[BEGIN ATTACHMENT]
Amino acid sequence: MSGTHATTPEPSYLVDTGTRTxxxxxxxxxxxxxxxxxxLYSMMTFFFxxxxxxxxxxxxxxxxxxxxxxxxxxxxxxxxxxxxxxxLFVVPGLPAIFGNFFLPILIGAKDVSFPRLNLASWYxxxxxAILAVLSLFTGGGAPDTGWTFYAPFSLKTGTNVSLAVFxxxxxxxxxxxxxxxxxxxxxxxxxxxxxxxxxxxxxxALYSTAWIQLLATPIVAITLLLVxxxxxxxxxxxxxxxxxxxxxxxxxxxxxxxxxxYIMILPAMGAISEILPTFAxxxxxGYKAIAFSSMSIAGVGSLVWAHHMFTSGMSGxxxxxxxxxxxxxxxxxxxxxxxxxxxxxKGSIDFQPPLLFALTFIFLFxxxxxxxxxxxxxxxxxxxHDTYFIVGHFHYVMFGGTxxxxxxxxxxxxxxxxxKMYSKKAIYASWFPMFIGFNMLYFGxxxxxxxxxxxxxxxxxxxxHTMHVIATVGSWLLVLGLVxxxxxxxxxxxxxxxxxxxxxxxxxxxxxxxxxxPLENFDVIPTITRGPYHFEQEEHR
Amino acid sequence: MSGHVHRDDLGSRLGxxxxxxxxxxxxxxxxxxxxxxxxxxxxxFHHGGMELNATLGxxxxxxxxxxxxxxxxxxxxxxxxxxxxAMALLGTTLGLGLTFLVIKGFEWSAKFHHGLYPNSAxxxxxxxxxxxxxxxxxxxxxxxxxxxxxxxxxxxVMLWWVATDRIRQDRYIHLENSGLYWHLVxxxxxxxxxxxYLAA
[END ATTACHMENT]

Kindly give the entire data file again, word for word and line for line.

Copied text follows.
Amino acid sequence: MSGTHATTPEPSYLVDTGTRTxxxxxxxxxxxxxxxxxxLYSMMTFFFxxxxxxxxxxxxxxxxxxxxxxxxxxxxxxxxxxxxxxxLFVVPGLPAIFGNFFLPILIGAKDVSFPRLNLASWYxxxxxAILAVLSLFTGGGAPDTGWTFYAPFSLKTGTNVSLAVFxxxxxxxxxxxxxxxxxxxxxxxxxxxxxxxxxxxxxxALYSTAWIQLLATPIVAITLLLVxxxxxxxxxxxxxxxxxxxxxxxxxxxxxxxxxxYIMILPAMGAISEILPTFAxxxxxGYKAIAFSSMSIAGVGSLVWAHHMFTSGMSGxxxxxxxxxxxxxxxxxxxxxxxxxxxxxKGSIDFQPPLLFALTFIFLFxxxxxxxxxxxxxxxxxxxHDTYFIVGHFHYVMFGGTxxxxxxxxxxxxxxxxxKMYSKKAIYASWFPMFIGFNMLYFGxxxxxxxxxxxxxxxxxxxxHTMHVIATVGSWLLVLGLVxxxxxxxxxxxxxxxxxxxxxxxxxxxxxxxxxxPLENFDVIPTITRGPYHFEQEEHR
Amino acid sequence: MSGHVHRDDLGSRLGxxxxxxxxxxxxxxxxxxxxxxxxxxxxxFHHGGMELNATLGxxxxxxxxxxxxxxxxxxxxxxxxxxxxAMALLGTTLGLGLTFLVIKGFEWSAKFHHGLYPNSAxxxxxxxxxxxxxxxxxxxxxxxxxxxxxxxxxxxVMLWWVATDRIRQDRYIHLENSGLYWHLVxxxxxxxxxxxYLAA